“Nate. This is not funny Nate.” He could practically hear the eye roll over the phone, even before the muffled mumble of what was possibly a ‘what?’ from the other end of the phone. “Why do you even own this?” And why had he not known about it? He’d been pretty sure he’d tracked down most of the team’s holdings.
...with absolutely no ulterior motive. At all.
It took a couple moments (a couple muffled grunts and grumbles and what Hardison was pretty sure was impressively colorful cursing for a guy that had just woken up) but eventually he heard Nate actually getting out of bed (or off the couch, whatever). “It’s one of Sophie’s.” And that made more sense at least. Somewhat. “And we agreed we’d split for a couple of months. We’ve been over this Hardison.”
“Right, but you two get to galavant across Europe while we’re stuck… here.”
“You know, ‘here’ is a pretty nice place, from how she described it.”
‘Here’ was, actually, much to Hardison’s annoyance, a very nice place. Large ranch-style house (though he was pretty sure those were normally single storey. With the exposed ceiling, the height was closer to two, which Parker was already all over), looked practically brand new, updated interior, already furnished. Hell, he’d set up worse bases for their cons that he’d considered pretty decent. It wasn’t so much the house that he had a problem with. It was where the house was.
Specifically. The middle of Nowhere, Colorado. The house was dropped into what could, maybe, loosely be termed a neighborhood in the foothills of the Rockies. They could see their neighbor’s house to the south but not to the north (if there even was someone there, and not just an empty house. The quick look he’d taken as they drove past had been unclear on that).
“Not the point Nate. I have boltholes everywhere, we could’ve gone there—kept working and everything.”
“We don’t know how much they’ve managed to dig up on all of us yet—”
“What about the connection to Sophie then? And I can hack the FBI, Nate. Pretty sure I can make us disappear.”
“It’s just for a couple months Hardison, while we figure out exactly where we stand. It’ll be fine. Enjoy the fresh air or something.”
“You can’t just avoid the question Nate—Nate? Really?” Yep, he’d hung up. Great.
And, honestly, Hardison wasn’t completely upset about the change in scenery from Boston but… when Nate had said they’d had a bolthole him and Parker could use while the two of them vanished into parts unknown, completely unaffiliated with any of them (and he’d have to look into how this traced back to Sophie, honestly, if Nate was confident about that , but not his abilities at disappearing. Only mildly insulting, that), this was not what he’d pictured.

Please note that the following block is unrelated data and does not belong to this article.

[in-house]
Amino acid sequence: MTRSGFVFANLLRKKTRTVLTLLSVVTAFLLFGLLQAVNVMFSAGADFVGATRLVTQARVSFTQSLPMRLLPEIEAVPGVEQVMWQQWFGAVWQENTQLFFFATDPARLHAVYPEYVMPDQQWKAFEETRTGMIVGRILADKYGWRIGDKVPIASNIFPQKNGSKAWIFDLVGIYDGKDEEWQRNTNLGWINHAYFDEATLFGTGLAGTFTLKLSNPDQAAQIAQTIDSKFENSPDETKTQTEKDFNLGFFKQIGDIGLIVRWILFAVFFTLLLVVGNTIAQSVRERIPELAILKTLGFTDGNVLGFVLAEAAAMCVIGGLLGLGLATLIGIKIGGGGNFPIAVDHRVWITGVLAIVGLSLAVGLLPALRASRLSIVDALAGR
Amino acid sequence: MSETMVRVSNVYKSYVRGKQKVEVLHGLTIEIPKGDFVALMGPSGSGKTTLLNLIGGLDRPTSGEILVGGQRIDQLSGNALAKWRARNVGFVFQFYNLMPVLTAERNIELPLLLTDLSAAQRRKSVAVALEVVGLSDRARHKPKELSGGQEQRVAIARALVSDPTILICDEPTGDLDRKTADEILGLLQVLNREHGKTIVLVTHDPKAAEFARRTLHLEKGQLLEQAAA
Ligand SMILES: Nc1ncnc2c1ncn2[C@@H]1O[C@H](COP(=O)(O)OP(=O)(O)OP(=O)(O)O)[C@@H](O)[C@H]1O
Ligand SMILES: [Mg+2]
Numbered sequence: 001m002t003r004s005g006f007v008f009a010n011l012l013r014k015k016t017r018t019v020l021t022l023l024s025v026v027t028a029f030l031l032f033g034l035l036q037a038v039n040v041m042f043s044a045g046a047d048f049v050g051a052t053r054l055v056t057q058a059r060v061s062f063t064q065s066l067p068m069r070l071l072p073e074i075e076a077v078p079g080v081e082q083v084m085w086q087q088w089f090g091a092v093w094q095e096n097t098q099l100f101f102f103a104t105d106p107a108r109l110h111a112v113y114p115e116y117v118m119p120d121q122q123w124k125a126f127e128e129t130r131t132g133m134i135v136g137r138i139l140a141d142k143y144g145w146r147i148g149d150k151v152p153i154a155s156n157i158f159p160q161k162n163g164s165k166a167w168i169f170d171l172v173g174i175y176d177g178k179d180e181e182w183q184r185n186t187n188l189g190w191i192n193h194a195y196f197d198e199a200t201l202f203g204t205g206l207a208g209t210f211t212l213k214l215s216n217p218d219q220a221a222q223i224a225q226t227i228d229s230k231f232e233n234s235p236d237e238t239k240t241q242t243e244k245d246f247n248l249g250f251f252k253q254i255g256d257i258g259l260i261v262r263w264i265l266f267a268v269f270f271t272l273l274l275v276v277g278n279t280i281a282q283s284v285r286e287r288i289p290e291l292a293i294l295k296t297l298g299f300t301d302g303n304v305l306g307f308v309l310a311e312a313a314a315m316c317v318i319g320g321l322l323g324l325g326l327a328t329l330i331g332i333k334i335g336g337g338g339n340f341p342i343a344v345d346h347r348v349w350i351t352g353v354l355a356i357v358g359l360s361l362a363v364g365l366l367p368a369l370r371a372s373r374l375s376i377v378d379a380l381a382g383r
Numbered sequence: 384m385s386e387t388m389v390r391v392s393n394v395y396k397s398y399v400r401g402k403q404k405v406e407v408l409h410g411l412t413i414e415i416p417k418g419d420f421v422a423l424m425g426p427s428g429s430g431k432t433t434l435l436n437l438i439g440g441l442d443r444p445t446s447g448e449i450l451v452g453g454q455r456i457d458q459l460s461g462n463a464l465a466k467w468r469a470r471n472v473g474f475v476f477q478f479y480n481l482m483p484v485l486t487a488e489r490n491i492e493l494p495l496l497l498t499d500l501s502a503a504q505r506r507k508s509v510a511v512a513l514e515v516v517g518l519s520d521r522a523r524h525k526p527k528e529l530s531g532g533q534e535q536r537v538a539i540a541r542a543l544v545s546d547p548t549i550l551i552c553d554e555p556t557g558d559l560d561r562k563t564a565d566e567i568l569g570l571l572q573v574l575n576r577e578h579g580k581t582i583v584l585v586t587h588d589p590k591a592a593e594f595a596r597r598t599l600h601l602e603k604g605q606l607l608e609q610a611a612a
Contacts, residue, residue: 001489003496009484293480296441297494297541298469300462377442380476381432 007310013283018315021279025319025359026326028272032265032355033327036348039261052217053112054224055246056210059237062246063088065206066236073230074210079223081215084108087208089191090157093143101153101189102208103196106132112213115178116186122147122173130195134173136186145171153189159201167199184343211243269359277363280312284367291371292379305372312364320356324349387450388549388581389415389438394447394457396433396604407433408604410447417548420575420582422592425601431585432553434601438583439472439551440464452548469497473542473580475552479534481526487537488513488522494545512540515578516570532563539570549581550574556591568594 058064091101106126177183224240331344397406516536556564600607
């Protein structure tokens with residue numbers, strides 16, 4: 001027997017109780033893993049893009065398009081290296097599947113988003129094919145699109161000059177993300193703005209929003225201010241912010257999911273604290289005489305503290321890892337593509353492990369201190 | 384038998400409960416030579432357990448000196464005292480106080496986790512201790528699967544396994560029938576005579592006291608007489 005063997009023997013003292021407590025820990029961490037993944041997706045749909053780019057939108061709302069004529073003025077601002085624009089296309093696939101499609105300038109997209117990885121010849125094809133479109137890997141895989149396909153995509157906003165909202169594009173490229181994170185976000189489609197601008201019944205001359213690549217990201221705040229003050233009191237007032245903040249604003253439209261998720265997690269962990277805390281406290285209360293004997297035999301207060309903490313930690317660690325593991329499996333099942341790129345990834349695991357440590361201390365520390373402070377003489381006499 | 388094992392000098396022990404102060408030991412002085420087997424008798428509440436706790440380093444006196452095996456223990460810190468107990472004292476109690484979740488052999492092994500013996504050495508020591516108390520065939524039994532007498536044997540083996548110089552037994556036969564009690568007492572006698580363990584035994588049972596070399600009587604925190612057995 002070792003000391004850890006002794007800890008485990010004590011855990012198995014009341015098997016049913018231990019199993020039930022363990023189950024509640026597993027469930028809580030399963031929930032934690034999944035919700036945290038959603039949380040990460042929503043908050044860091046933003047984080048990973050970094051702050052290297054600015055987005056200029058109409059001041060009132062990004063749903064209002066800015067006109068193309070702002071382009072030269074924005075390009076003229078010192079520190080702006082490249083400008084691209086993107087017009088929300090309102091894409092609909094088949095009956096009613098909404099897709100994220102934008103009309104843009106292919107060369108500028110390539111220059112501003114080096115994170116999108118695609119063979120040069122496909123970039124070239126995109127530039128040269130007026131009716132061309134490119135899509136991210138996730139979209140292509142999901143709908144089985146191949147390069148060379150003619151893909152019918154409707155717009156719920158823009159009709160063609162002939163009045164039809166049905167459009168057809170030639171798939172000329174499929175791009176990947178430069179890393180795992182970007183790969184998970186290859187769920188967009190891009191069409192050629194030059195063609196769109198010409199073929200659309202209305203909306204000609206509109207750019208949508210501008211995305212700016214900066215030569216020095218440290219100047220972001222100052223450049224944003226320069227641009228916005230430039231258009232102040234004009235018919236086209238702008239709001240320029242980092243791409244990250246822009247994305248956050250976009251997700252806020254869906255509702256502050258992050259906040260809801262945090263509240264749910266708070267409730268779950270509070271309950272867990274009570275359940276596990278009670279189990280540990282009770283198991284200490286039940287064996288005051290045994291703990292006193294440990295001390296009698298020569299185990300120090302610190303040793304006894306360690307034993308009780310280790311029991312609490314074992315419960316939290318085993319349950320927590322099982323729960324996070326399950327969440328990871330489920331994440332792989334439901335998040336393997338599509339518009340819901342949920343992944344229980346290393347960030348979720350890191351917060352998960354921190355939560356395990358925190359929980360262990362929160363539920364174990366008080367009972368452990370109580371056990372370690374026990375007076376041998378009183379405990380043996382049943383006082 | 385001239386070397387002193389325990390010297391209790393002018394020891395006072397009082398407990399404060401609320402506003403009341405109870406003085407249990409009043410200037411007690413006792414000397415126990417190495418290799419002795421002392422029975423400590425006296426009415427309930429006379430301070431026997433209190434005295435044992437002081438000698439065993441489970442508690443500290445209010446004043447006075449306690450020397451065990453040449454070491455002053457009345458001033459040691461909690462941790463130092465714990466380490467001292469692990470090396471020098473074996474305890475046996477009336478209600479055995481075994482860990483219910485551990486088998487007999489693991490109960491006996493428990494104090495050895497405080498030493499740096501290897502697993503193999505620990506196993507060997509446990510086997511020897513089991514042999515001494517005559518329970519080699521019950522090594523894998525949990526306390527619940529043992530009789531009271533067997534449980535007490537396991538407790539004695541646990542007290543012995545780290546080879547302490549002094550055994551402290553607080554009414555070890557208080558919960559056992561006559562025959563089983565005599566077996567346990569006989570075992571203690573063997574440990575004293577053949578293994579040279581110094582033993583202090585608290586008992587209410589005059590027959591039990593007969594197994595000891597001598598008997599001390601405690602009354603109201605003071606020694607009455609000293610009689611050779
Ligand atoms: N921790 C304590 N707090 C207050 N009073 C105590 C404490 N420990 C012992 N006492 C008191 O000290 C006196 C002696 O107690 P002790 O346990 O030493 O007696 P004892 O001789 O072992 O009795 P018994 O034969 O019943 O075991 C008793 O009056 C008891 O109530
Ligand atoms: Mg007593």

Then again, this whole scenario was so far outside what he’d pictured happening in the last couple of months, that, honestly, he shouldn’t be too surprised at this point.
One bullet getting a little too close to home, and all their plans had gone out the window. Sure, they’d successfully trussed up their mark—served him up on a metaphorical silver platter and gotten the hell out of dodge, like normal. They’d even figured out why he was so important in the first place. But the bullet that had gone through the apartment window to lodge into Nate’s wall… none of them had really been expecting it.
They should’ve of course. You couldn’t go after one of the heaviest hitters in the global black market and not expect things to slide sideways, honestly.
But walking into the apartment, to see Nate just eyeing the hole in the wall, jaw set in that stupid stubborn scowl of his that meant he’d made up his mind, fallout be damned… Hardison had felt his stomach drop to his feet in that moment. And since then, he’d been tossed from one surprise to another, as Nate announced that they were blown, that they needed to scatter for a little while, figure out how to get out of this mess in a way that wouldn’t put all of them in danger—and none of them were fooled by that, that Nate wouldn’t readily throw himself into the fire if he thought it would help (not that it ever did. Ever. They were all kind of sick of it) but they had the good grace not to point it out.